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Laguna plane crash probe may take time: CAAP

Sep 5, 2019 @ 22:05

The investigation as to why a medical evacuation (medevac) plane crashed in Laguna over the weekend would take time, Civil Aviation Authority of the Philippines (CAAP) spokesperson Eric Apolonio said Thursday.

“The incident has to go a thorough investigation. We could not just assume,” he told the Philippine News Agency (PNA).

He noted that there are several steps that investigators have to go through to determine the reason of the crash.

“They would gather all the parts of the aircraft, if possible, and reassemble these. If they could not gather all, whatever (debris) they find would be their basis. They would also need to talk to witnesses, and listen to the communication that transpired between the aircraft and the (control) tower,” he explained.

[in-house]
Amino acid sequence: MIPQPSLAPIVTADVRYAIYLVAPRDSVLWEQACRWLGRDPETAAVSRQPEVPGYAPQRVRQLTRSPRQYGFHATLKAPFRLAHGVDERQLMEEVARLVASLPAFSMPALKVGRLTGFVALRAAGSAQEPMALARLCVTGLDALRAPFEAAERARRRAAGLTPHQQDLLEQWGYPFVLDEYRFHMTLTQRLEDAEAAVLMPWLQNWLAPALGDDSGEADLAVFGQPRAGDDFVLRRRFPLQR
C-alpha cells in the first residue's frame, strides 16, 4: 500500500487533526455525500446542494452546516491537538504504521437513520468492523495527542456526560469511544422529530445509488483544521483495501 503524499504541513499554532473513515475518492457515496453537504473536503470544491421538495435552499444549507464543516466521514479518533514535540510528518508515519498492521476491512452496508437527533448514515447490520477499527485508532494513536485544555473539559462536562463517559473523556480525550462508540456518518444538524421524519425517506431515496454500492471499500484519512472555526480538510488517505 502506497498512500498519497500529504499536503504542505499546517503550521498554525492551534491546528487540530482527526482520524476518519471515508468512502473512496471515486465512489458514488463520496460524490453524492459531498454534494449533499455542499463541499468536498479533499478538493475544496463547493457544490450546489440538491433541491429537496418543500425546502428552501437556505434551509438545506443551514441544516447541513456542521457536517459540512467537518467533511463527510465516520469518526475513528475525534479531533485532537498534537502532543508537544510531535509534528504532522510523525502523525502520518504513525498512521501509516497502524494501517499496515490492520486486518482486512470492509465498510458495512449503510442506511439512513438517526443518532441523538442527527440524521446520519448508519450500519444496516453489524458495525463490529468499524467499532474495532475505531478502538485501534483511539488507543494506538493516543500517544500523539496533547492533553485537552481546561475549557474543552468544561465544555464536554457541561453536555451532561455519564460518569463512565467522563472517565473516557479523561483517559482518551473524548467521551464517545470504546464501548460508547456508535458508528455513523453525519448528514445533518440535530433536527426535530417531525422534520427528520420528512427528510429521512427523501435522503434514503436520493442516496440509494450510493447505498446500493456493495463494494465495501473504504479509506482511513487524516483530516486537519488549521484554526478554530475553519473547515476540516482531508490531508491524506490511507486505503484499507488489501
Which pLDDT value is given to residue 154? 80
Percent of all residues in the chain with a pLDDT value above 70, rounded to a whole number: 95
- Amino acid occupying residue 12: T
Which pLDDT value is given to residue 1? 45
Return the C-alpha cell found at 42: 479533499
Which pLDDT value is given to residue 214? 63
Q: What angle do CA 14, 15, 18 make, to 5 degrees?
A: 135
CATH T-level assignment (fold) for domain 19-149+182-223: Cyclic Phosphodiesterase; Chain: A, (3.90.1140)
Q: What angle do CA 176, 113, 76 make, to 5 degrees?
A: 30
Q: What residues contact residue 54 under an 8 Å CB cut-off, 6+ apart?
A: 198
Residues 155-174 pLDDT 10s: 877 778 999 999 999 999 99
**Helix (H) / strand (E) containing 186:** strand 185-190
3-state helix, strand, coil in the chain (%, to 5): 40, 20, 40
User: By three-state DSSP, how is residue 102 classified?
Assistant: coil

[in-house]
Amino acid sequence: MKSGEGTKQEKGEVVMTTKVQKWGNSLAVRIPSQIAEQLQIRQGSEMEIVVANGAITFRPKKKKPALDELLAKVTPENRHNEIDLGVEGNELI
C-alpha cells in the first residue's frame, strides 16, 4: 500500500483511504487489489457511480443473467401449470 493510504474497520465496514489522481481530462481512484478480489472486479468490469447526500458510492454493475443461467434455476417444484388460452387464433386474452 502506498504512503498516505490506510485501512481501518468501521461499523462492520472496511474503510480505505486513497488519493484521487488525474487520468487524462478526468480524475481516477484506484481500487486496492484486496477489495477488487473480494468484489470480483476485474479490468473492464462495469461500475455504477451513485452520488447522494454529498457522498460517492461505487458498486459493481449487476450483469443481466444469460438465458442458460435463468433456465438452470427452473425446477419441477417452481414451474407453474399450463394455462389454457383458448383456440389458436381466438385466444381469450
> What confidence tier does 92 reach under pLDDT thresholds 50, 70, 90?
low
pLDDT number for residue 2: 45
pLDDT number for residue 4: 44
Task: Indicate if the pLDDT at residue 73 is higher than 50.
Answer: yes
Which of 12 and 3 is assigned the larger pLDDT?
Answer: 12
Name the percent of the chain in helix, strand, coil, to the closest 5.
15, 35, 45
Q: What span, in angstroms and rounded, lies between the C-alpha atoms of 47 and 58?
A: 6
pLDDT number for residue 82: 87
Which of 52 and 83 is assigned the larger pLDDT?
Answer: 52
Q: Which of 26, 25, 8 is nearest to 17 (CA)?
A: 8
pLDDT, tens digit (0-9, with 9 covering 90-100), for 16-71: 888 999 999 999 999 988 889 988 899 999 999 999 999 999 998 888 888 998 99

Thus, the official added he could not give a timeline as to when the investigation would last.

He, meanwhile, clarified that some reports saying the plane exploded or broke up while in mid-air did not come from CAAP.

“Such detail did not come from us. Investigation is still ongoing, so we don’t know yet what exactly happened to the plane.

Apolonio also clarified that there was no violation with regard to the apparent unlisted passenger, Erma Carr.

“She was listed (in the manifesto) at the last minute,” Apolonio said.

The plane’s operator, Lion Air, is the one responsible for the incident, unless they could prove they should not be held liable, according to Apolonio.

“They must prove they are not liable for the incident,” he said, adding that for instance, the accident was due to technical issues.

The Beechcraft King Air type medivac plane with registry number RP-C2296 crashed in Pansol, Laguna on September 1.

All nine onboard were killed — Jesus Fernandez (pilot), Lino Cruz, Jr. (co-pilot), Garret Garcia, Kirk Eion Badilla, Yamato Togawa, Ryx Gil Laput, Raymund Bulacja, Tom Carr, and Erma Carr.

CAAP said the plane came from Dipolog Airport and was supposedly bound for Manila to bring a patient.

It lost radar contact past 3 p.m. while flying 25 nautical miles from Manila, CAAP added. (PNA)

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